In this case, bizarrely, the provocateurs apparently think that they do not even need to edit the interviews to make their point. They get a Patriotic Millionaire to say that the rich are under-taxed, they then produce a form from the Treasury Department that one can use to donate money to the federal government, and finally they ask the interviewee to donate some random amount of money. When the interviewee refuses, the interviewer considers it a big score. The millionaire must be a hypocrite or a liar, the implication goes, because he will not give money to the federal government in this way, even though he wants to force others to give more money to the federal government.

Along with many others, I have discussed the silliness of this line of attack ad nauseam (most recently, here and here). It is simply nonsense to suggest that a person must give money in the way that the interviewer demands, or be deemed a hypocrite -- especially when doing so would do nothing to solve the underlying problems that the Patriotic Millionaires are trying to help solve. It is like saying, "Hey doctor, you say you're against disease. Why don't you give me some of your bone marrow right now, to prove that you really care about fighting disease?"

As weak as that argument is, it just will not go away. One might be tempted to think that the argument's staying power is evidence of its appeal. Else, why would activists on the right stick with it? Maybe there is something to that, but the better explanation seems to be that this is now part of the echo chamber's catechism. The people who hate redistribution are sure that they have a great argument against wealthy progressives, so they just keep repeating themselves in a self-congratulatory cycle, while the rest of the world says, "Huh?" (See also: "Obama is a socialist.")

-- "The people who attack the rich are just doing it because they wish they were rich themselves."

The "politics of envy" argument has been around forever, it seems. Exactly two years ago tomorrow, I wrote the following in a post about taxing Wall Street bonuses: "I suppose that there are people who want to raise taxes on the rich because of jealousy, resentment, or whatever. I know that I am not one of them, but they might be out there. What is interesting, however, is that this idea that people are proposing taxes on the rich out of envy is so reminiscent of what mothers have been telling their children for centuries: 'Don't worry, Dear. The other kids are just jealous.' Like all ad hominem arguments, the point is to obscure the merits of the debate. Here, however, we have a line of attack from the most privileged people on earth saying that anyone who believes that their privileges are undeserved is merely a jealous loser. Believing that must surely make it easier to sleep at night."

Shockingly, those who oppose progressivity have ignored or forgotten my argument (!!), continuing to go back to this well. Just this week, one of the letters to the editor on the NYT op-ed page asserted as a matter of obvious fact that the Occupy Wall Streeters are simply angry that they are not rich. I now think my comments from 2009 were too tame. While I said then that there might be some progressives out there who are jealous of the rich, that seems an unnecessary concession. I do not know of anyone who has said anything remotely suggesting that their advocacy of progressive redistribution is based on personal disappointment.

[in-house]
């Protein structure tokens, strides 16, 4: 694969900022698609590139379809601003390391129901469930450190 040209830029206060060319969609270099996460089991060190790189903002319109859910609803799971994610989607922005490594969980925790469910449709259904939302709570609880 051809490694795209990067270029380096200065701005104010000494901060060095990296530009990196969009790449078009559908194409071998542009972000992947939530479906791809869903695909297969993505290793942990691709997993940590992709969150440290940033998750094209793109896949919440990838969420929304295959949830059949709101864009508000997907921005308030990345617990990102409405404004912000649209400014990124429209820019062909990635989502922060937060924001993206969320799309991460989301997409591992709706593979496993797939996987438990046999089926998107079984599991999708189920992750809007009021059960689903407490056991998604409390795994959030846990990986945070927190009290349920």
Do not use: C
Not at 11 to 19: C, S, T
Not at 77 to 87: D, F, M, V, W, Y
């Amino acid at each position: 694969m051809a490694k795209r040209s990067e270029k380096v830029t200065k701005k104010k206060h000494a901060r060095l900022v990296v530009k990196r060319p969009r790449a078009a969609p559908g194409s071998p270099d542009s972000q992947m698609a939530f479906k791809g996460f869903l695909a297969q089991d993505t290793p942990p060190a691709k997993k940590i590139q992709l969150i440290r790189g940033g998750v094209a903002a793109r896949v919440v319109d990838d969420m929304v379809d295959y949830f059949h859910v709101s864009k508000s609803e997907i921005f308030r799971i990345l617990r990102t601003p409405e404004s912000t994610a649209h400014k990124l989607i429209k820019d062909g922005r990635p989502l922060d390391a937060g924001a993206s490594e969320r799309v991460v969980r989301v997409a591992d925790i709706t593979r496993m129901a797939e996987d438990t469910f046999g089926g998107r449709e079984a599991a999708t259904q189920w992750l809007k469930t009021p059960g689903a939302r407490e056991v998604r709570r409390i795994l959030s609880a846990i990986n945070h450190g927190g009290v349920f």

And certainly the Occupy Wall Street protesters -- whom Fox News and its offshoots so gleefully mock for being weird, and not at all like the normal people who care about practical things -- are the last group on Earth to whom this line of attack could apply. Even those of us who are living middle-class lives of pleasant comfort, moreover, know when enough is enough. Enjoying not being poor does not equate with gnashing one's teeth over not being rich.

Yet the defenders of privilege are so enamored of this argument, so sure that their mothers were right, that they apparently cannot get past the idea that everyone is jealous of them. The problem is that, sometimes, mothers can be wrong. Sometimes, people hate you because you are doing something that you should not be doing. Criticizing rich people generally, and certainly criticizing the greed of that subset of rich people that perpetuates the worst excesses of modern American politics, is not evidence of jealousy. I can dislike what you do because you are wrong. And when I do, that is when I would least want to be like you.

-- "I earned my money, and no one has a right to take it away?"

I am no longer religious -- in fact, even as a minister's son, I was never particularly devout -- but I am constantly amazed at the hubris of people who claim to have made it all on their own. Whatever happened to, "There, but for the grace of God, go I"? Maureen Dowd's annual Christmas column this past Sunday, in which she discussed Charles Dickens's views about social injustice, nicely captured the important truth that we are all dominated by forces over which we have very little control. As important and admirable as it is to make the most of one's opportunities, those opportunities are still overwhelmingly matters of dumb luck.

Dowd writes: "Dickens was rescued from the warehouse and sent back to school when his father got out of prison and wangled a Navy pension. But that year drove home to him how frighteningly random fate can be." It is thus hardly breaking news that we are all the beneficiaries of luck. Stepping onto a sidewalk a split second too late to be hit by a speeding truck, getting into the university of one's choice because one had an especially good day when taking the SAT (or because one's parents gave a building to the old alma mater?), receiving a promotion because someone else had to leave the firm due to grave illness. There is no limit to how many ways that our lives could have been derailed.